Vincent's Word Studies, by Marvin R. Vincent, , at sacred-texts.com
See on torments, Mat 4:24.
So A. V. and Rev. The word, however, originally means to attend, and to treat medically. The centurion uses another and stronger word, shall be healed (ἰαθήσεται). Luke, who as a physician is precise in the use of medical terms, uses both words in one verse (Luk 9:11). Jesus healed (ἰᾶτο) all who had need of treatment (θεραπείας). Still, Luke himself does not always observe the distinction. See on Luk 5:15.
Omitted in A. V., but very important. "I also am a man under authority," as well as thou. (Tynd., I also myself). The centurion compares the Lord's position with his own. Christ had authority over disease. The centurion also was in authority over soldiers. As the centurion had only to say to a soldier "Go!" and he went, so Christ had only to say to disease "Go!" and it would obey him.
Shall sit down (ἀνακλιθήσονται)
Lit., recline. The picture is that of a banquet. Jews as well as Romans reclined at table on couches.
The outer (τὸ ἐξώτερον)
The Greek order of words is very forcible. "They shall be east forth into the darkness, the outer (darkness). The picture is of an illuminated banqueting chamber, outside of which is the thick darkness of night.
Was healed (ἰάθη)
Note that the stronger word of the centurion (Mat 8:8) is used here. Where Christ tends, he heals.
Sick of a fever (πυρέσουσαν)
Derived from πῦρ, fire. Our word fever comes through the German feuer.
This translation is correct. The word does not mean "he took away," but "he bore," as a burden laid upon him. This passage is the corner-stone of the faith-cure theory, which claims that the atonement of Christ includes provision for bodily no less than for spiritual healing, and therefore insists on translating "took away." Matthew may be presumed to have understood the sense of the passage he was citing from Isaiah, and he could have used no word more inadequate to express his meaning, if that meaning had been that Christ took away infirmities.
Wyc. has ditches, with burrows in explanation.
Only here and in the parallel, Luk 9:58. Nests is too limited. The word, derived from σκηνή, a tent, has the more general meaning of shelter or habitation. In classical Greek it is used of an encampment. The nest is not to the bird what the hole is to the fox, a permanent dwelling-place, since the bird frequents the nest only during incubation. The Rev. retains nests, but puts lodging-places in the margin.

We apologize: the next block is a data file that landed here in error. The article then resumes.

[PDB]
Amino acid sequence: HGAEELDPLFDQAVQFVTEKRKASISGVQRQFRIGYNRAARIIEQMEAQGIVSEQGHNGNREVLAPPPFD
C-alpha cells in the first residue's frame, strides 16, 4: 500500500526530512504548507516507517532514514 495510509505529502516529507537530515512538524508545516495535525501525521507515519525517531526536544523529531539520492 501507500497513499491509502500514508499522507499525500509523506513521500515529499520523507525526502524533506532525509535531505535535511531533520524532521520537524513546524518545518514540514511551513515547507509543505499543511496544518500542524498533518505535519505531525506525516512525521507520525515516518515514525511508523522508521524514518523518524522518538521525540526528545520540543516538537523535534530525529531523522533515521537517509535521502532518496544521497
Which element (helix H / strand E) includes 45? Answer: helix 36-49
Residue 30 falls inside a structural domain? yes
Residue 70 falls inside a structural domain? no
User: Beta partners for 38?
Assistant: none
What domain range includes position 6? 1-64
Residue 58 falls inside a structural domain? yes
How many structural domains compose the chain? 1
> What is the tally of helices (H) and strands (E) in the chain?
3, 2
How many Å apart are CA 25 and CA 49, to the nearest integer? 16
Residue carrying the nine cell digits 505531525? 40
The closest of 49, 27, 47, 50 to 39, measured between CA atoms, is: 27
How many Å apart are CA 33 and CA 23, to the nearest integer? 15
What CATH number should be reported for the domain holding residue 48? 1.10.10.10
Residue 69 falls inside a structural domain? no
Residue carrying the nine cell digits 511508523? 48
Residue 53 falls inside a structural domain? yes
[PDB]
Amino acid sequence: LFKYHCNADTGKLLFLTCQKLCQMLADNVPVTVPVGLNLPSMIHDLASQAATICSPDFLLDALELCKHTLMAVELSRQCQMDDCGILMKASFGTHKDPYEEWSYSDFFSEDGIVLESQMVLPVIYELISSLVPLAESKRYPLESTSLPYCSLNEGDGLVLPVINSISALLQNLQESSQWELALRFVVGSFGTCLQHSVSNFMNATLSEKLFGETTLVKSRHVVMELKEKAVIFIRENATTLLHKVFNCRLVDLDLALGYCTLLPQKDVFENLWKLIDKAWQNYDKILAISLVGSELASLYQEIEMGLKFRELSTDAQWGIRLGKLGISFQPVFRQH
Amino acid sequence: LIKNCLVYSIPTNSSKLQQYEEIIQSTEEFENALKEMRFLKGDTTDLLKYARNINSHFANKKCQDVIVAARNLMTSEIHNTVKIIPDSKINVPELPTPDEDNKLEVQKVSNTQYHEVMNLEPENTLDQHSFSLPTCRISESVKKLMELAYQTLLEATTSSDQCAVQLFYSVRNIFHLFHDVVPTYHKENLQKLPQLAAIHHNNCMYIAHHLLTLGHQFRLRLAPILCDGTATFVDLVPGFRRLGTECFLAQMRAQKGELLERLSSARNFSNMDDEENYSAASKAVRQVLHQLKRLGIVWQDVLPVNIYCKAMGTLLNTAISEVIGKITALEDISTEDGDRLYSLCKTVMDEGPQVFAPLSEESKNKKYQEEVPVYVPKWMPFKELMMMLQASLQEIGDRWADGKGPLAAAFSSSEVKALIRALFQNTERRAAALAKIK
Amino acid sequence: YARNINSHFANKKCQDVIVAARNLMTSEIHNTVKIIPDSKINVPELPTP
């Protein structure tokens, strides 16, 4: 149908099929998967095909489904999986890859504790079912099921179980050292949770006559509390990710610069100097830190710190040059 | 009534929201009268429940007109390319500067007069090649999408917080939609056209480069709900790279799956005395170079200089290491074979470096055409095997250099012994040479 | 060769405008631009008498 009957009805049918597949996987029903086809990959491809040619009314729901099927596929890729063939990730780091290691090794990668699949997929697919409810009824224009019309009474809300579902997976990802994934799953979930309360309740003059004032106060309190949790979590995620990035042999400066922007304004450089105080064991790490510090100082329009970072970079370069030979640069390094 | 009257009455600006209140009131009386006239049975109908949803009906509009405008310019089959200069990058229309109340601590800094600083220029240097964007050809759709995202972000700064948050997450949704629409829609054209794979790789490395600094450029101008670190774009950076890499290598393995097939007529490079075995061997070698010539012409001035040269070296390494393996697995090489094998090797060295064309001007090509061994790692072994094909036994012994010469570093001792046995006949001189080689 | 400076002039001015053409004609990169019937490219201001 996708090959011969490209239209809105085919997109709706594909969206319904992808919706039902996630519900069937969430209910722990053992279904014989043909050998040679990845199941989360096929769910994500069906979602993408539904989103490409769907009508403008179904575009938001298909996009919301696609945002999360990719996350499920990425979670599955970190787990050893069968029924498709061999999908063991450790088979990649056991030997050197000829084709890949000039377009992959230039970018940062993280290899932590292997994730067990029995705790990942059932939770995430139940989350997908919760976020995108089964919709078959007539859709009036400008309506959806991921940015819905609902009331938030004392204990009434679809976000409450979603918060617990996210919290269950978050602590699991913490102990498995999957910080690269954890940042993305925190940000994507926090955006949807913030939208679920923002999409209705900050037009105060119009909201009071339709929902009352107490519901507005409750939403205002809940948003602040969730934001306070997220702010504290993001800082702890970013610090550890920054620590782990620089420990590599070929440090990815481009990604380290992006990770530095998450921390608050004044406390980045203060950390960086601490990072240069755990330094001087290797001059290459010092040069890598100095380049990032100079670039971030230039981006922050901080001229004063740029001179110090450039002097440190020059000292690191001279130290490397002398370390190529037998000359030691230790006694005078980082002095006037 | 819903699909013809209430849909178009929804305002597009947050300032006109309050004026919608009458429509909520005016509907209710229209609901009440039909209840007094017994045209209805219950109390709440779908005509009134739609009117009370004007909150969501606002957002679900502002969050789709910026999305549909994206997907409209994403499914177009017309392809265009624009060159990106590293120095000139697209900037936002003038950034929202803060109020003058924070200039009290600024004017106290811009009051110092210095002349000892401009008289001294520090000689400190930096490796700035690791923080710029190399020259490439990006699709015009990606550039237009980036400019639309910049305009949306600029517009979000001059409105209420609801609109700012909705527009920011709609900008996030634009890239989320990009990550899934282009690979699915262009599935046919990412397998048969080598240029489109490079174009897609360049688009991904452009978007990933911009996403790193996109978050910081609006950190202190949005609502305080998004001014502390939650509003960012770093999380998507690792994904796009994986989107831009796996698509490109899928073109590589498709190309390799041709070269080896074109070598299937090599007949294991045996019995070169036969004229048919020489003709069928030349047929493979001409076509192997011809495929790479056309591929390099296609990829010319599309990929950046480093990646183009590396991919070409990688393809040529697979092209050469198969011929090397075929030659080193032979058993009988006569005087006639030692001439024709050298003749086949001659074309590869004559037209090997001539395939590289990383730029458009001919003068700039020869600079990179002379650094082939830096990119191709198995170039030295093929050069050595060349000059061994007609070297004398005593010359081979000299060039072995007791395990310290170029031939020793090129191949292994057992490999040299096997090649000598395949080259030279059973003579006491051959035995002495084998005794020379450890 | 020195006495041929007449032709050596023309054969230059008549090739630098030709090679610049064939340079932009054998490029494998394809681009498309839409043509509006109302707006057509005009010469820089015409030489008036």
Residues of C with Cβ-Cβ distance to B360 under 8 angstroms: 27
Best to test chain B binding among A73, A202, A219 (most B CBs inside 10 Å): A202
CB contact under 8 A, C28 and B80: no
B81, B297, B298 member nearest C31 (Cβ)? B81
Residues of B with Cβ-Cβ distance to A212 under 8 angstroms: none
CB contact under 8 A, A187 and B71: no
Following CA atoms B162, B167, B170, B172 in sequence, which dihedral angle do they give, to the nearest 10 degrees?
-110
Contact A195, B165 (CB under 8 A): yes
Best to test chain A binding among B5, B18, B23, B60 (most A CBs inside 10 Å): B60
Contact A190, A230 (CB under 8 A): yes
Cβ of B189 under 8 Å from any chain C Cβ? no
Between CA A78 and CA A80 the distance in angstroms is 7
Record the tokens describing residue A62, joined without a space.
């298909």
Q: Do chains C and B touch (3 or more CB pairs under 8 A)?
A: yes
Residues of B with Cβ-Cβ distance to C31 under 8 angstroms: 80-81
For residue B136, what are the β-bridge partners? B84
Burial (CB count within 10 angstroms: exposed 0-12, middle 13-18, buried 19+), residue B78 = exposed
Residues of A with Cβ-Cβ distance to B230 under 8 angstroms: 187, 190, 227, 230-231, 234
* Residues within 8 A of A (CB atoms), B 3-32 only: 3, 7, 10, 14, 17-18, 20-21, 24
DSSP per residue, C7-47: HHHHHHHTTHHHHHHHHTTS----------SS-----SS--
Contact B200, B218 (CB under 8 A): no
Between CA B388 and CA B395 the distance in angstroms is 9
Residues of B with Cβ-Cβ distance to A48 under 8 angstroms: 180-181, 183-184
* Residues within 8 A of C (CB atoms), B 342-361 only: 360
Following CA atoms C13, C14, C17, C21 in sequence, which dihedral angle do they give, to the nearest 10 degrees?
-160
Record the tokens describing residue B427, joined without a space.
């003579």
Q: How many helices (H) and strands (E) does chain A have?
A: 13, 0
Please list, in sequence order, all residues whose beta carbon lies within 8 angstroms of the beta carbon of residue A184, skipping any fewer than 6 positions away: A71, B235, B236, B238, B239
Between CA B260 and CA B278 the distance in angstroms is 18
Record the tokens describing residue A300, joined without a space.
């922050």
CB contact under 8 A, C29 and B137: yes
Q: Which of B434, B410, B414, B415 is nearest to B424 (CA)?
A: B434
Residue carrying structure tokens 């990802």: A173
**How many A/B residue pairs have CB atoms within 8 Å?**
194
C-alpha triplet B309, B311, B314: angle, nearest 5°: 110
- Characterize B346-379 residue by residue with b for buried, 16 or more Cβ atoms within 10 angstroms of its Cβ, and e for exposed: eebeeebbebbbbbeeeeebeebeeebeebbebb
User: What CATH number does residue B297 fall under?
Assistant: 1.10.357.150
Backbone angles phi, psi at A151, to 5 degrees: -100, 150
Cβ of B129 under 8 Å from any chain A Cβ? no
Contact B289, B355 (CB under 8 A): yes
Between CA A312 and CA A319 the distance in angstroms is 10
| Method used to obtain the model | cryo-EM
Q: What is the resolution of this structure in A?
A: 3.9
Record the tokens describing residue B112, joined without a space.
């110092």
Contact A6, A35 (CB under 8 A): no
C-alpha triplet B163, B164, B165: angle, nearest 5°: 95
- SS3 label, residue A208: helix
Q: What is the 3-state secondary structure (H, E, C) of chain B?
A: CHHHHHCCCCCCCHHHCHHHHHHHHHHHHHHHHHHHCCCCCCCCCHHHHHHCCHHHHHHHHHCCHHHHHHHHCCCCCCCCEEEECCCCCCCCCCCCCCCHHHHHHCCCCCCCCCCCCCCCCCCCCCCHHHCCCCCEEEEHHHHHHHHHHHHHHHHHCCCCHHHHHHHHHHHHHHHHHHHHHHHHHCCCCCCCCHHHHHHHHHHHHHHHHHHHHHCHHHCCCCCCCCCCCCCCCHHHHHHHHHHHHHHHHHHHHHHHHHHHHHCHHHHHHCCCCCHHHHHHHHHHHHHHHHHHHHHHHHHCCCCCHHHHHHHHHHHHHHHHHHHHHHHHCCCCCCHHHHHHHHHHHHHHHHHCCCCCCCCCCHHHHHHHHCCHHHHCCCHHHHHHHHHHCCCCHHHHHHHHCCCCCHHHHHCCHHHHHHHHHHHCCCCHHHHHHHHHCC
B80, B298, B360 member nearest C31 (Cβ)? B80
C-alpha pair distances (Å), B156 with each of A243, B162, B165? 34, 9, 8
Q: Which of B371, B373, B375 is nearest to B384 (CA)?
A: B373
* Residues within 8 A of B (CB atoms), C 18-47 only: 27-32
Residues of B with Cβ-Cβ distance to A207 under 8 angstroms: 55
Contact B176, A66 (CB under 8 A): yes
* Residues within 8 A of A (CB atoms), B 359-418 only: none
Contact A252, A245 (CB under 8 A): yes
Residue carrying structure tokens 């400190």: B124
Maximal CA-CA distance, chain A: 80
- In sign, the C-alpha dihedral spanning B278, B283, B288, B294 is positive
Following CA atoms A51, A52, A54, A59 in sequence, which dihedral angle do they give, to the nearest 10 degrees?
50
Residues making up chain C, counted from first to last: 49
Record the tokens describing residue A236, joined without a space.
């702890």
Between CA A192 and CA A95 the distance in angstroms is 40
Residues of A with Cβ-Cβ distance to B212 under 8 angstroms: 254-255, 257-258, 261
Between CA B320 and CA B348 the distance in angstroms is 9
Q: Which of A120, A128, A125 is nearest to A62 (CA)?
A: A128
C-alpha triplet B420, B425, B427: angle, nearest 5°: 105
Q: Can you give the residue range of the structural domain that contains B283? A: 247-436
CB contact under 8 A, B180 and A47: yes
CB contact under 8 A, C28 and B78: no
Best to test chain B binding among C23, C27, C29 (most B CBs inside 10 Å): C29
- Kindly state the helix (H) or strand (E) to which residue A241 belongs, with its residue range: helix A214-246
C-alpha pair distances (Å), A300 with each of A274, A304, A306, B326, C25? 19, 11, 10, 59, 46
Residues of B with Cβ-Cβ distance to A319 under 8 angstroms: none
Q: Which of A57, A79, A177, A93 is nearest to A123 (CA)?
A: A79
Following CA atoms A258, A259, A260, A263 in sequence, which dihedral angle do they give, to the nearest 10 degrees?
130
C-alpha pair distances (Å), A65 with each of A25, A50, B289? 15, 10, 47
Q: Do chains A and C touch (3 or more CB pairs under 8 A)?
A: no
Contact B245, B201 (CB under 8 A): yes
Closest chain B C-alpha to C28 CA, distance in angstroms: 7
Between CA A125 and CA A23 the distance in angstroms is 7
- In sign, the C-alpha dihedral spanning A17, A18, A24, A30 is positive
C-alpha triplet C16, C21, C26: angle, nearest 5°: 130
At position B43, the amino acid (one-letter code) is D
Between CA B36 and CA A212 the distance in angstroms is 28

Lit., shaking. Used of an earthquake. The narrative indicates a sudden storm. Dr. Thomson ("Land and Book") says: "Such winds are not only violent, but they come down suddenly, and often when the sky is perfectly clear....To understand the causes of these sudden and violent tempests we must remember that the lake lies low - six hundred and eighty feet below the sea; that the mountainous plateau of the Jaulan rises to a considerable height, spreading backward to the wilds of the Hauran, and upward to snowy Hermon; that the water-courses have worn or washed out profound ravines and wild gorges, converging to the head of this lake; and that these act like great funnels to draw down the cold winds from the mountains."
The tombs (μνημείων)
Chambers excavated in the mountain, which would afford a shelter to the demoniac. Chandler ("Travels in Asia Minor") describes tombs with two square rooms, the lower containing the ashes, while in the upper, the friends performed funeral rites, and poured libations through a hole in the floor. Dr. Thomson ("Land and Book") thus describes the rock-cut tombs in the region between Tyre and Sidon: "They are nearly all of the same form, having a small chamber in front, and a door leading from that into the tomb, which is about six feet square, With niches on three sides for the dead." A propensity to take up the abode in the tombs is mentioned by ancient physicians as a characteristic of madmen. The Levitical uncleanness of the tombs would insure the wretches the solitude which they sought. Trench ("Notes on the Miracles") cites the following incident from Warburton ("The Crescent and the Cross"): "On descending from these heights I found myself in a cemetery whose sculptured turbans showed me that the neighboring village was Moslem. The silence of night was now broken by fierce yells and howlings, which I discovered proceeded from a naked maniac who was fighting with some wild dogs for a bone. The moment he perceived me he left his canine comrades, and bounding along with rapid strides, seized my horse's bridle, and almost forced him backward over the cliff."
Originally, difficult, hard. Hence hard to manage; intractable.
A steep place (τοῦ κρημνοῦ)
Much better the steep (Rev.). Not an overhanging precipice, but a steep, almost perpendicular declivity, between the base of which and the water was a narrow margin of ground, in which there was not room for the swine to recover from their headlong rush. Dr. Thomson ("Land and Book") says: "Farther south the plain becomes so broad that the herd might have recovered and recoiled from the lake." The article localizes the steep as in the vicinity of the pasture.